4 Must-Know Tech Trends for the Oil & Gas Industry

Categories: Infrastructure

Autodesk talks game-changing trends to watch at Offshore Technology Conference 2014

Instead of the usual show-and-tell booth product demonstrations, this week at the Offshore Technology Conference in Houston, Texas, Autodesk representatives are talking about four game changing technology trends reshaping the global Oil and Gas industry.

1. Digital Reality – from reality capture to immersive environments, technology is increasingly blurring the lines between the real and digital worlds, bringing the promise of digital reality ever closer. Today, digital reality can be said to have two components.  First, ‘reality capture’, the process of using digital photographs, LIDAR, laser scans and other data-sets captured from or directly reflecting an actual environment to help build a 3D project model – opening the door to modeling ‘in reality’ by accurately capturing the existing context. Second, advances in the fidelity of the digital environment, where trends in graphical capabilities and developments in human-computer interfaces are bringing greater visualization capabilities to project teams – boosting productivity, improving project-wide communication, accelerating new hires through the learning curve and more, by supporting decision making with confidence.


Trends in graphical capabilities and developments in human-computer interfaces are bringing greater visualization capabilities to project teams. Images courtesy of Autodesk.


Digital images and point clouds captured on-site can be used to create 3D models of existing infrastructure.Shown here are digital images combined with laser point clouds to create a model via Autodesk ReCap. Image courtesy of Autodesk.

2. Cloud Computing – In the same way as the personal computer displaced the mainframe, putting computing power in the hands of those with a desktop, so cloud computing is displacing the notion of limited computing power, and indeed the desktop itself, placing ‘infinite computing power’ into the hands of anyone – on demand, in real time, as needed, anywhere, anyhow, and from any device. As Oil & Gas projects are becoming larger and more complex, so are the business and design challenges. Preventing cost and schedule blowouts of capital projects by improving the Front End Loading process and improving return on capital by finding ways to drive out waste across the asset lifecycle through better design are just two of the ways this power could deliver dividends for the industry.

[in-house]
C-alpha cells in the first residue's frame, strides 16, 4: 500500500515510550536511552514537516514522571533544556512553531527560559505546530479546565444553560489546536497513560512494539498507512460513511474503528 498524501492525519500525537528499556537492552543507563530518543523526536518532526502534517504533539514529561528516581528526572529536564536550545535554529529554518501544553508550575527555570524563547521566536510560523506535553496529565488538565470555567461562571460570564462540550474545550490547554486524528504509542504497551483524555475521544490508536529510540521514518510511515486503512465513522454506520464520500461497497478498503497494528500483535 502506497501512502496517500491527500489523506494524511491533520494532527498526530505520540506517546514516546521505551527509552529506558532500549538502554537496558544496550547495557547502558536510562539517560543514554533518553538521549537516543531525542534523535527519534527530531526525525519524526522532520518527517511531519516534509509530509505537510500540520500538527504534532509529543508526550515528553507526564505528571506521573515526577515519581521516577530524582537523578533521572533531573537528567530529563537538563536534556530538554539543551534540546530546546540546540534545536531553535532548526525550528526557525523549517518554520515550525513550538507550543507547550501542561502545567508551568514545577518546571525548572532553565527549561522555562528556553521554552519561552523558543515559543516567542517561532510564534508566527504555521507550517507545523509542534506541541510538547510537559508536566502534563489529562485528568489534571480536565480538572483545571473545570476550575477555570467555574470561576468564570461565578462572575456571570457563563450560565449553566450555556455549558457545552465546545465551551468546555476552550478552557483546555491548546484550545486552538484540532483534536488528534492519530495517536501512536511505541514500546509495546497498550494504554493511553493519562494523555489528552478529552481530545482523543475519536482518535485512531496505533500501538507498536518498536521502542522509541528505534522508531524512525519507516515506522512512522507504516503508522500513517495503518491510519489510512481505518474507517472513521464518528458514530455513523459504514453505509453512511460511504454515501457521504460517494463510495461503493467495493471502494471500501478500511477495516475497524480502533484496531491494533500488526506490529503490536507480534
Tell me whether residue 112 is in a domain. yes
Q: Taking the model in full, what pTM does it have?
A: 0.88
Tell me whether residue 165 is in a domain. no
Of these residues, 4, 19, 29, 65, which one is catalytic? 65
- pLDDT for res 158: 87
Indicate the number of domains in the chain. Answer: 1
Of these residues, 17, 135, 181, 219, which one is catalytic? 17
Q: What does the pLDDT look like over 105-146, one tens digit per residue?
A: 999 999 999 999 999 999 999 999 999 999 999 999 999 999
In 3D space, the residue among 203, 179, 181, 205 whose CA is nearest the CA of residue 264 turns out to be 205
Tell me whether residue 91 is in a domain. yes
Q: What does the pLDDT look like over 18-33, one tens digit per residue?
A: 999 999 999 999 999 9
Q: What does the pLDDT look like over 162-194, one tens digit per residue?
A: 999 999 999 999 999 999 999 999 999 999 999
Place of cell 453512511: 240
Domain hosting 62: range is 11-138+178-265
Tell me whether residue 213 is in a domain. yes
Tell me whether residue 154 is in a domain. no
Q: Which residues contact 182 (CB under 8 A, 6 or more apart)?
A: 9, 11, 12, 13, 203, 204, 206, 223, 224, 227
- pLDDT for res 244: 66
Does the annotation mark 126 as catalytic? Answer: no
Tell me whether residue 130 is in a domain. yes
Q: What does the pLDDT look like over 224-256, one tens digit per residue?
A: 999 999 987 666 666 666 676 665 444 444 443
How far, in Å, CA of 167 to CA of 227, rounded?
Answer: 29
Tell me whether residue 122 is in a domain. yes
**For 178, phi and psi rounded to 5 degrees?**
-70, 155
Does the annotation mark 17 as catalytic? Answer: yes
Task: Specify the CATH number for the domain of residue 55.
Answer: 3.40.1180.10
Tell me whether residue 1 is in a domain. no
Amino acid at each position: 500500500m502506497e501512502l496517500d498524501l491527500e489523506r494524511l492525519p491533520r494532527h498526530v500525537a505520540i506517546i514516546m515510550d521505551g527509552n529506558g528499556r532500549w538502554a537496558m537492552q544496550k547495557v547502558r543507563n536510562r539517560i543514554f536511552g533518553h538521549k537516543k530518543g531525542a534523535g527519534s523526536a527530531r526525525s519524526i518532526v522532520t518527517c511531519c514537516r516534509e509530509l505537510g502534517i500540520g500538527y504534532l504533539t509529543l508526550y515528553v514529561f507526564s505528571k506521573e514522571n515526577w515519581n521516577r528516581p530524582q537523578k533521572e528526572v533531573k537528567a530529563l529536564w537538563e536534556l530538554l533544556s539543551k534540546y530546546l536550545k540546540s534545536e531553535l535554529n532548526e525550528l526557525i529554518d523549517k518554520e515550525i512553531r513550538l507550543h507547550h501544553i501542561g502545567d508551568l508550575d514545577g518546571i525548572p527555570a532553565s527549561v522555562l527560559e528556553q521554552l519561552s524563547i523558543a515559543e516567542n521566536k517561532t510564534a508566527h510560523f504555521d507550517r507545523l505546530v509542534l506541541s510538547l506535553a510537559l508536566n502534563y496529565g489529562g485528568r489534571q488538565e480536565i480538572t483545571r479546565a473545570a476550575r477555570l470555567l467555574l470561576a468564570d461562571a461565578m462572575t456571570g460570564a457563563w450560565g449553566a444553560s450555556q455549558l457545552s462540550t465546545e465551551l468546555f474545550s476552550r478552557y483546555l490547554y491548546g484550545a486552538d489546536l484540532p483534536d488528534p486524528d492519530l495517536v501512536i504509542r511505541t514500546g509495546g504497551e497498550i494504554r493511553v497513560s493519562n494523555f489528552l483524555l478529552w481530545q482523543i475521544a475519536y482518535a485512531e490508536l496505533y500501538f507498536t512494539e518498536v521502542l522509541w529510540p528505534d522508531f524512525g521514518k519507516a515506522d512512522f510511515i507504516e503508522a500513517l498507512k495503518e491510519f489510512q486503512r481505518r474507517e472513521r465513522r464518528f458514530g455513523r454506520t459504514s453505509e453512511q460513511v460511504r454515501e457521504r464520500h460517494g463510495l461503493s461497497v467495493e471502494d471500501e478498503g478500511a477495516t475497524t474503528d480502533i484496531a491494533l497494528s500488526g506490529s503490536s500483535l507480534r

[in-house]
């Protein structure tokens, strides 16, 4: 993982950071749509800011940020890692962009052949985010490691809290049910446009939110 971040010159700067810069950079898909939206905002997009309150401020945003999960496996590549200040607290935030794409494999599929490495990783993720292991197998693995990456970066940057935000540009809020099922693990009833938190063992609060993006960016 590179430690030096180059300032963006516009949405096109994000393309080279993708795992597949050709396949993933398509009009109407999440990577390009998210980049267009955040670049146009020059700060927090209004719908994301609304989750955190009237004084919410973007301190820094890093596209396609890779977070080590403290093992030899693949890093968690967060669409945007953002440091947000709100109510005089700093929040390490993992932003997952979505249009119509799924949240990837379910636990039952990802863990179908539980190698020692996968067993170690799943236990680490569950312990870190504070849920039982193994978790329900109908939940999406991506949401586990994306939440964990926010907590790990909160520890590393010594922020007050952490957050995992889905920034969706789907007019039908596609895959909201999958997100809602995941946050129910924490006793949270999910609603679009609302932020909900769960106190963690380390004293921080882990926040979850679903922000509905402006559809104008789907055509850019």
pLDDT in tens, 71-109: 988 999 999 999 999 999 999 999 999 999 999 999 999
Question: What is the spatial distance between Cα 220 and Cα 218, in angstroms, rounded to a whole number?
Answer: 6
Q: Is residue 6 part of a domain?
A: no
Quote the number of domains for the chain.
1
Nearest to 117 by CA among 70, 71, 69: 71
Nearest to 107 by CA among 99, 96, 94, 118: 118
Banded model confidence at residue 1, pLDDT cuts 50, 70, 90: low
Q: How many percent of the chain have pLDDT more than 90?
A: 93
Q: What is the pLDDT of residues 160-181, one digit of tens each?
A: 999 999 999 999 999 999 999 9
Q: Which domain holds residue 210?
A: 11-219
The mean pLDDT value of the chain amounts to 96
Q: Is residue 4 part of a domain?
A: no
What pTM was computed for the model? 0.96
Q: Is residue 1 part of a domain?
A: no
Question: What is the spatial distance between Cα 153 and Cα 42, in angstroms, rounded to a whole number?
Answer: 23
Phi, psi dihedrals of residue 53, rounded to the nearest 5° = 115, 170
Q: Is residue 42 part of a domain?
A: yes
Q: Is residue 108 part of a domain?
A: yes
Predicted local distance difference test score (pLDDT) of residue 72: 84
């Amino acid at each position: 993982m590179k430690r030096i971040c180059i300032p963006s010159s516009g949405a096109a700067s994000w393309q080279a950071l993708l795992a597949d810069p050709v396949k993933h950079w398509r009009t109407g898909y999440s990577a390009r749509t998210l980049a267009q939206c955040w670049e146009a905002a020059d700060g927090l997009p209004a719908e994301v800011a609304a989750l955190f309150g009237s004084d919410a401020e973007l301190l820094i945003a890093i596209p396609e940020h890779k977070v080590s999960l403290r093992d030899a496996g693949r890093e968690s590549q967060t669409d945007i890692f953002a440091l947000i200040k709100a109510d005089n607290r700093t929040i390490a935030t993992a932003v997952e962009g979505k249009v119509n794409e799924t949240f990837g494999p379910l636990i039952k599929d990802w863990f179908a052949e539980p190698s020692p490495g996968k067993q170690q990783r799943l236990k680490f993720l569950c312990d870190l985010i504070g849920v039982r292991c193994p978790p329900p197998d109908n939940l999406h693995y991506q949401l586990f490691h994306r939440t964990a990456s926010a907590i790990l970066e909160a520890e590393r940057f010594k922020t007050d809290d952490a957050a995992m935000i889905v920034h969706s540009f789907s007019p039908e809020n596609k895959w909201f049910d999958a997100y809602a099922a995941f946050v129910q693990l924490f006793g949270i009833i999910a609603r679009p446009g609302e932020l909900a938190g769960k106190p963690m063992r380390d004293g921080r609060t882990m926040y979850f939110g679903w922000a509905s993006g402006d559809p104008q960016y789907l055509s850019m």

Cloud-enabled, on-demand, real-time access to intelligent 3D models is transforming analysis and simulation. Offshore oil rig model image courtesy of RDS.

3. Digital Fabrication – 3D printing, CNC-based subtractive fabrication, fused deposition modeling (FDM) for thermoplastics and related technologies offer the prospect of reducing the number of steps it takes to transition from a computer model of components for an oil & gas infrastructure asset from many steps to potentially just one.  Modern manufacturing has evolved around the paradigm of mass production.  Traditionally complexity and uniqueness in manufacturing have meant a hefty price premium – it’s always been more expensive per unit to produce a short-run of bespoke objects than a high volume of standardized objects. But digital fabrication technologies and processes are bringing us to the threshold of turning that paradigm on its head for a growing number of objects made in an increasing range of materials. How might the ability to ‘print’ the component parts of an Oil or Gas infrastructure asset change the construction process? How might that free the industry to move beyond using standard catalogue items and design the best component for the job, unique to each installation? And how might that change the service and supply requirements for example for spare parts if it might be possible to simply print a spare valve seal on a rig?


Advanced design software is helping to break the traditional hefty price premium in manufacturing for complexity and uniqueness. Shown here is the use of stress analysis checking to identify design flaws before fabrication. Image courtesy of Autodesk.

4. Social & Mobile Computing – as the digital environment continues to shorten the distance between individuals, it’s ushering in new ways to collaborate and cooperate around complex tasks, and new ways to access talent. Both social media and mobile technology are offering the prospect of tapping into infinite human capability to solve complex, abstract problems quickly through crowd sourcing. As the skills crisis continues to challenge the industry’s ability to deliver on an increasingly growing project pipeline, these digital trends offer the prospect of seamlessly tapping a globally-dispersed talent base, rather than being restricted to those in proximity to the project office.